Wuerl said he believes that his class of cardinals and the next pope would prioritize what he called "the new evangelization" of the Western world, a place he described as distracted from God by technology, secularism and a furious cultural pace.
"This is the effort to re-propose the faith to people who have heard it and drifted away," Wuerl said Wednesday. He described the approach as "very different" from past priorities, such as missionary activity and building institutions.
There are more than 5,000 bishops around the globe. Many of those who Benedict chose to elevate are, like him, strongly traditional people who see debates about hot-button subjects such as female or married clergy or same-sex relationships as slippery slopes to relativism.
The pope lauds doctrinal expertise above almost everything; even his top diplomat - Vatican Secretary of State Tarcisio Bertone - is a theologian who had no previous diplomatic expertise.
However, the pope has urged clergy to be respectful and engaged with other faiths, including Islam.
"For this pope, the catchword will always be truth, but he is very concerned that what we say as Catholics resonates with people of good will," said Monsignor Kevin Irwin, dean of religious studies and theology at the Catholic University of America. "Dialogue, doctrinal clarity and respect."
Wuerl is seen as a typical example of that type of engaged conservative, experts said. He organized Benedict's 2008 visit to Washington - and was credited with its perceived success. The visit included a Mass filled with multicultural music and a blend of worship styles that some traditionalists objected to but other worshippers loved.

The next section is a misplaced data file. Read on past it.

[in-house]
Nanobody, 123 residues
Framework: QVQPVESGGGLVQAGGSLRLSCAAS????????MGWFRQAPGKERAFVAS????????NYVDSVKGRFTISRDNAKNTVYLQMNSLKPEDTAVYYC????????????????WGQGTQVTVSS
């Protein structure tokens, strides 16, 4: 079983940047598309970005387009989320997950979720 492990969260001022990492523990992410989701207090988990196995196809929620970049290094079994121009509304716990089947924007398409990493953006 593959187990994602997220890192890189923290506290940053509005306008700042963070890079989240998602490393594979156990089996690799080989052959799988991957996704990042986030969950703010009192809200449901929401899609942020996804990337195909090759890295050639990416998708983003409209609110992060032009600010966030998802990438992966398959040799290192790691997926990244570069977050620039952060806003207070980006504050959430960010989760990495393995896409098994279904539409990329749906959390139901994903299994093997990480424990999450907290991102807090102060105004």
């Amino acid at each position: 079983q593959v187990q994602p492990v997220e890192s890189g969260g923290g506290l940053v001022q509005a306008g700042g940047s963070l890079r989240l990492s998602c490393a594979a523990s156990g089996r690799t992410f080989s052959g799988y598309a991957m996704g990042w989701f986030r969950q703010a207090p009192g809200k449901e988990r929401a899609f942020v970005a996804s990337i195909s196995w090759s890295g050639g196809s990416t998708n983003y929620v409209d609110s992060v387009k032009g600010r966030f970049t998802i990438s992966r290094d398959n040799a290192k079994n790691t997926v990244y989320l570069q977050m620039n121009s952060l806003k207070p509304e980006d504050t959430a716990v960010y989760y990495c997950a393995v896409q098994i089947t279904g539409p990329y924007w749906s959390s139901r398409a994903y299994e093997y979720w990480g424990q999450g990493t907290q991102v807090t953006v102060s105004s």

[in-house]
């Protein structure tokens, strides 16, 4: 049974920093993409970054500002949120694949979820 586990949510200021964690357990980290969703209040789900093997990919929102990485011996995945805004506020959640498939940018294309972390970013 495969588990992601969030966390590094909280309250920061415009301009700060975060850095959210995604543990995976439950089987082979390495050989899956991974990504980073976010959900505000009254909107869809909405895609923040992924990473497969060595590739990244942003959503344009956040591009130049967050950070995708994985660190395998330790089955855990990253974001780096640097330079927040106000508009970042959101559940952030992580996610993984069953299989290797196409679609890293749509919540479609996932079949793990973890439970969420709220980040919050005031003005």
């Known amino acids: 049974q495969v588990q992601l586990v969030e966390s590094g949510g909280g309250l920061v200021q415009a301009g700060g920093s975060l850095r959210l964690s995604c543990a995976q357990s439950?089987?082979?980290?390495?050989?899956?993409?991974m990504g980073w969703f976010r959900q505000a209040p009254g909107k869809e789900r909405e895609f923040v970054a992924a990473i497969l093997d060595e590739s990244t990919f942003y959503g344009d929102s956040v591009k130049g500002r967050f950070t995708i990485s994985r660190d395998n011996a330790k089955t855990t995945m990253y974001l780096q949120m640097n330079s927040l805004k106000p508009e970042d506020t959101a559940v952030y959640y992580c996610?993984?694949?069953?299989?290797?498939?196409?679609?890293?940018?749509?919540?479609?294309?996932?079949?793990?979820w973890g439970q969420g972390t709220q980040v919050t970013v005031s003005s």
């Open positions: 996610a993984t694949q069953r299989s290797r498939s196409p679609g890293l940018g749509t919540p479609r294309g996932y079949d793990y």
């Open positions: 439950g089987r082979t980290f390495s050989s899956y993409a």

Wuerl is well-known for refusing to deny communion to Catholic politicians who support abortion rights. Wuerl says he cannot deny the sacrament to a willing participant, because he cannot know what is inside a person's heart when he or she shares private worship with God.
Burke, in contrast, argues against giving communion to politicians who support abortion rights.
While Burke and Wuerl are like-minded on theology, they represent two different models on how to engage publicly with politics. Burke has been an outspoken critic of President Obama, for example, while Wuerl has not .
Wuerl is generally well-liked in the archdiocese, although he lacks the folksy warmth and charisma that made his predecessor, McCarrick, very popular.
Some of Wuerl's critics have said he should use his perch in the nation's capital to more aggressively push Catholic teachings on such issues as war, peace, immigration and poverty. In the interview Wednesday, Wuerl said his view of the church as a "teaching voice" was "at another whole level than political involvement...I think one of the things the pope reminded us in so many talks is the two are separate spheres."
In addition to the two Americans, Wednesday's list includes 10 Italians and two Germans. There is one cardinal-designate from each of the following countries: Egypt, Guinea, Switzerland, Zambia, Ecuador, Congo, Brazil, Poland, Sri Lanka and Spain.
The diversity of the list reflects the extent to which Catholicism continues to emerge in the developing world. At the same time, Vatican-watchers noted that the large number of Italian priests could increase the likelihood that Benedict's eventual successor could be from that country.
Cardinals typically come from either prime leadership posts at the Vatican or prominent dioceses. The Washington archdiocese, which is made up of the District and the Maryland suburbs, is not one of the country's largest in numbers, but it has stature because it includes the U.S. capital and the international diplomatic community. All but one of Washington's six archbishops has been named cardinal at some point during his tenure.
Wuerl, during his appearance at St. Matthew's, said he was filled with joy at his selection and was looking forward to wearing the red biretta.
"I hope that the new hat will provide a new opportunity for some to hear the message," Wuerl said. "The message in many ways is the same: God loves us and it is possible to love one another and it is possible that you can build a kingdom of compassion, a kingdom of love."
Special correspondent Sarah Delaney in Vatican City and staff writer Hamil R. Harris in Washington contributed to this report.